Bread and Wine

bread and wineIf you know me at all or have read some of these blog posts, you know that I’m a huge fan of Shauna Niequist. Everyone has those authors who feel like old friends, and Shauna is that to me. I got a hold of her books almost two years ago, and I’ve reread them time and time again. I wept with her in Bittersweet, laughed at moments in Cold Tangerines, and poured over life around the table in Bread and Wine. I’ve gone back to Bread and Wine the most, though. It seems to be my go to book when I head out for a run or when I’m being lazy on a Saturday afternoon.

There’s something about the connection and community that Shauna describes that I long for. This book was used to illustrate discipleship  when I first became involved with the discipleship program at Taylor. Something was said about the table and Shauna’s short promo video was shown. I was hooked. The summer before I started my new leadership position, I read Bread and Wine three or four times.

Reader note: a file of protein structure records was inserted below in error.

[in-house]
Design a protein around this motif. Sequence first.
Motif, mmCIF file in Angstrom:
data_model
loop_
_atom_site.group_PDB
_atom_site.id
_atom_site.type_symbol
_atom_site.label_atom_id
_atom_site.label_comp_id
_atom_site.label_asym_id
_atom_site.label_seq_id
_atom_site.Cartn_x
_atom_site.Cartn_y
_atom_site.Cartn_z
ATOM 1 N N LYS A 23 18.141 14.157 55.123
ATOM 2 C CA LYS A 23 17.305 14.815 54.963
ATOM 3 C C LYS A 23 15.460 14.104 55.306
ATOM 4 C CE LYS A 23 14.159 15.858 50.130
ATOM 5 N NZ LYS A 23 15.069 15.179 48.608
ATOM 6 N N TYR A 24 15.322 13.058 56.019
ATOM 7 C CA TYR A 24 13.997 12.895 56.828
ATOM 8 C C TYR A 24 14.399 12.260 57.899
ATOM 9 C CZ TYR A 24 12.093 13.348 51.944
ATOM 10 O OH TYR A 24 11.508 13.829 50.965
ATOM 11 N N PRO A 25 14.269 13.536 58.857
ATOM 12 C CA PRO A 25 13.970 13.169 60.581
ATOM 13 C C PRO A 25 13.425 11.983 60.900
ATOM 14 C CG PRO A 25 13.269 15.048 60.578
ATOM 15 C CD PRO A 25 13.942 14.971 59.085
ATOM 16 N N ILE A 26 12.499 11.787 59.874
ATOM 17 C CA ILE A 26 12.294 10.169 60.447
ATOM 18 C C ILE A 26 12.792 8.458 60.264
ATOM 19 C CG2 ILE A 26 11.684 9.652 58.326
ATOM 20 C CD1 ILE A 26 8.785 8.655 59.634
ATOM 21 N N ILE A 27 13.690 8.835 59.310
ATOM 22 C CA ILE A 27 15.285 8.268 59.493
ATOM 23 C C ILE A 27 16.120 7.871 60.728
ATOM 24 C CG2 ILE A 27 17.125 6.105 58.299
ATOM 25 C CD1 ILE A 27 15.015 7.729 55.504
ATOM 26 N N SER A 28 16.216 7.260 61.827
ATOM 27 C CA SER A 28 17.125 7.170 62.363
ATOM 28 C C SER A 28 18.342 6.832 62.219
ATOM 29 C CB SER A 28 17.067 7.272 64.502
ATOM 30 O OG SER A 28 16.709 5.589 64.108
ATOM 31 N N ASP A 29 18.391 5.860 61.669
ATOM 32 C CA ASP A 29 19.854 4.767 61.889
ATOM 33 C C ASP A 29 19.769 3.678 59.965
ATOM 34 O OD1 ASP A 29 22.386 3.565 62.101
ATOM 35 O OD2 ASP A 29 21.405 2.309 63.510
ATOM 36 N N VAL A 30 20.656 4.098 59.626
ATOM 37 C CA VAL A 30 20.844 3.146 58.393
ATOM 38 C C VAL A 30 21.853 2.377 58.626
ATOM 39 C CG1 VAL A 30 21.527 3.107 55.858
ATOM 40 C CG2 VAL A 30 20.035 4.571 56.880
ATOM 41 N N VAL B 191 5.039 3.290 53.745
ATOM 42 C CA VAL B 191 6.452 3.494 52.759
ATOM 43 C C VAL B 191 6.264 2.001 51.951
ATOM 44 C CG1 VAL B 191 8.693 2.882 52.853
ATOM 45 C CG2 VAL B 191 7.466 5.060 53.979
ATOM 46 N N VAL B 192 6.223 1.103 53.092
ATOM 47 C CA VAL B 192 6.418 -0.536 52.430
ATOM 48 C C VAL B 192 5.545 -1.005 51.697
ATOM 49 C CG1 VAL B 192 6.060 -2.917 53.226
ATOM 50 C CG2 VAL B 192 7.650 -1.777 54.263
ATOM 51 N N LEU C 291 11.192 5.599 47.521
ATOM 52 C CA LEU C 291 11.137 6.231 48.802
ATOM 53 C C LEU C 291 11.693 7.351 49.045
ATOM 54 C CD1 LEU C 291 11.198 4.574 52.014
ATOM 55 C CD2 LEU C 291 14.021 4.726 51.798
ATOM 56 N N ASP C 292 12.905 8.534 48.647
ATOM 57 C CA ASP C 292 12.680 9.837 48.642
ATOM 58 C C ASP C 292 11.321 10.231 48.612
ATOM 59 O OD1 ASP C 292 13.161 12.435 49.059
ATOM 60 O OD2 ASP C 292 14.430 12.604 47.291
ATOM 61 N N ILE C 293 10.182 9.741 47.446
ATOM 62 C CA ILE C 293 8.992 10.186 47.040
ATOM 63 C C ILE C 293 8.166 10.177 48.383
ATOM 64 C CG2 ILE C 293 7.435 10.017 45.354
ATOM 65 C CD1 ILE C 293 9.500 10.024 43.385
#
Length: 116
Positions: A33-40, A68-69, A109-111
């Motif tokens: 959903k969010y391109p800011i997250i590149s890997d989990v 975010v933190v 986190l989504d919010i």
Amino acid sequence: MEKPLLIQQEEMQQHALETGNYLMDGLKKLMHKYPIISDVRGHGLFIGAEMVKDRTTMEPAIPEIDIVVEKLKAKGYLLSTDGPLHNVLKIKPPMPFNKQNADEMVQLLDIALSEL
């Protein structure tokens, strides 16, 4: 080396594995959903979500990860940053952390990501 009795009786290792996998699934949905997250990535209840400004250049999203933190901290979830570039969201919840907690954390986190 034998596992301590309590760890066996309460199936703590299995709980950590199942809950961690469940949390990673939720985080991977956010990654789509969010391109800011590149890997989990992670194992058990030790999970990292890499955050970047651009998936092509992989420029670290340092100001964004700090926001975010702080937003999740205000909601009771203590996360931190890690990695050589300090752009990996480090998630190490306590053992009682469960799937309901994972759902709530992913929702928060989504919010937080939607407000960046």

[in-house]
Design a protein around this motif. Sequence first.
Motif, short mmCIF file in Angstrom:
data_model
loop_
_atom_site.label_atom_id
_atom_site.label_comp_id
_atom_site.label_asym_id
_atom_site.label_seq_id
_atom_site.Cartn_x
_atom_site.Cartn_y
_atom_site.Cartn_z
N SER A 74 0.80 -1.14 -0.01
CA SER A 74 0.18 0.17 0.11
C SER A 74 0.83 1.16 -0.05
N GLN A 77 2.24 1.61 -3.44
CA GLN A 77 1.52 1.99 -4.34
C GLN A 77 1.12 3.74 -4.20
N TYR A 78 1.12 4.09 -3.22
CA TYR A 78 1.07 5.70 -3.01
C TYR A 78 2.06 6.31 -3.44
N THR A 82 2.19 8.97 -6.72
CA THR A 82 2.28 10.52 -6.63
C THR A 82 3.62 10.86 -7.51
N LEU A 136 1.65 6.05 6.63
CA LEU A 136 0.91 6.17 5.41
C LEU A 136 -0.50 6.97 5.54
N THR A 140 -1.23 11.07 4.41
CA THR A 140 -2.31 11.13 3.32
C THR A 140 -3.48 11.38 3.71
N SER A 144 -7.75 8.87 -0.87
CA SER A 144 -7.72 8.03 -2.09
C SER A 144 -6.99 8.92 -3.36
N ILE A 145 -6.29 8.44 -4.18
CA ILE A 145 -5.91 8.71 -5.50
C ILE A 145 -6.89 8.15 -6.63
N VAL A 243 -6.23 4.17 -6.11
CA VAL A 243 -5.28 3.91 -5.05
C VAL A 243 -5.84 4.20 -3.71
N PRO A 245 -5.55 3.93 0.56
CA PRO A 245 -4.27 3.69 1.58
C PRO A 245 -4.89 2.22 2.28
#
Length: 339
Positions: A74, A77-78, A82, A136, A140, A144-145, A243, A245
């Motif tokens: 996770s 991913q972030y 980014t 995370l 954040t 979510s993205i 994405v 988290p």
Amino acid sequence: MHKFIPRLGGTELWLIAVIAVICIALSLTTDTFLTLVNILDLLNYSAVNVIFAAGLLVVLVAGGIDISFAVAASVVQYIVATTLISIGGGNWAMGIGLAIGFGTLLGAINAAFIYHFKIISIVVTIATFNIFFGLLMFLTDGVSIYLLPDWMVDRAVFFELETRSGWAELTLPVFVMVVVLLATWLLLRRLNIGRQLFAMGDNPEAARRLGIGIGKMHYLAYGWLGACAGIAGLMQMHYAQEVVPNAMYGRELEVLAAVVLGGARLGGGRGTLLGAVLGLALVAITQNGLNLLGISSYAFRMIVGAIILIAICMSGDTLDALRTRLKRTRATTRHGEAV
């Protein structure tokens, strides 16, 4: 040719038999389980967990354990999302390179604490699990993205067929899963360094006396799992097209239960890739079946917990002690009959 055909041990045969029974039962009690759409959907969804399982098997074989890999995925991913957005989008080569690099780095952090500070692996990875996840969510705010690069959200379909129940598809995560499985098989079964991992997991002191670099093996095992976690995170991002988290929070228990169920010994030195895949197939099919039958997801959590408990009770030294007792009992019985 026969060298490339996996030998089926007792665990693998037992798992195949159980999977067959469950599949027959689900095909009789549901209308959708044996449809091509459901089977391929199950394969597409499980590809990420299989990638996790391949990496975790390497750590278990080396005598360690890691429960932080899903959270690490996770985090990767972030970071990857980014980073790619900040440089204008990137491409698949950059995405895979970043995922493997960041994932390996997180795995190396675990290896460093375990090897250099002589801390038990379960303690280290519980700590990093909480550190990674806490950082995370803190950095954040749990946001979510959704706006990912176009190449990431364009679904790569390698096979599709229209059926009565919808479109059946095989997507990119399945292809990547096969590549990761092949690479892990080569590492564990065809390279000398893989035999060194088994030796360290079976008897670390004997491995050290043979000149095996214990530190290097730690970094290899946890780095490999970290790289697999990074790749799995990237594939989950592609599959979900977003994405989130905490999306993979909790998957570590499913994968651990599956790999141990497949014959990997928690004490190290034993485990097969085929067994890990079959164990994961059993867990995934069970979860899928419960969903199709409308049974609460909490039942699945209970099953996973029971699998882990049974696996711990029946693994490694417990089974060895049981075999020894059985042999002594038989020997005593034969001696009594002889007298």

No, it’s not a book about discipleship.

But in a way, it is because it’s a book about life and relationships and doing life together.

The book is exactly what it claims to be: a love letter to life around the table. Through stories, vulnerable stories, Shauna pulls back the curtain on her life and, in turn, pulls back the curtain on my life because she writes about real life stuff. She writes about connection and the table, about creating space for people to come as they are. She writes about food allergies, about valuing the needs of others. She writes about love and about family and about those who might as well be family.

It’s a book about the table and all it means and all it provides. It’s a lesson on creating space, on the good and bad ways to set the table. It’s one giant metaphor on life.

Oh, and it’s one of the reasons I decided to run the Chicago Marathon. Read Chapter 9. It will all make sense.

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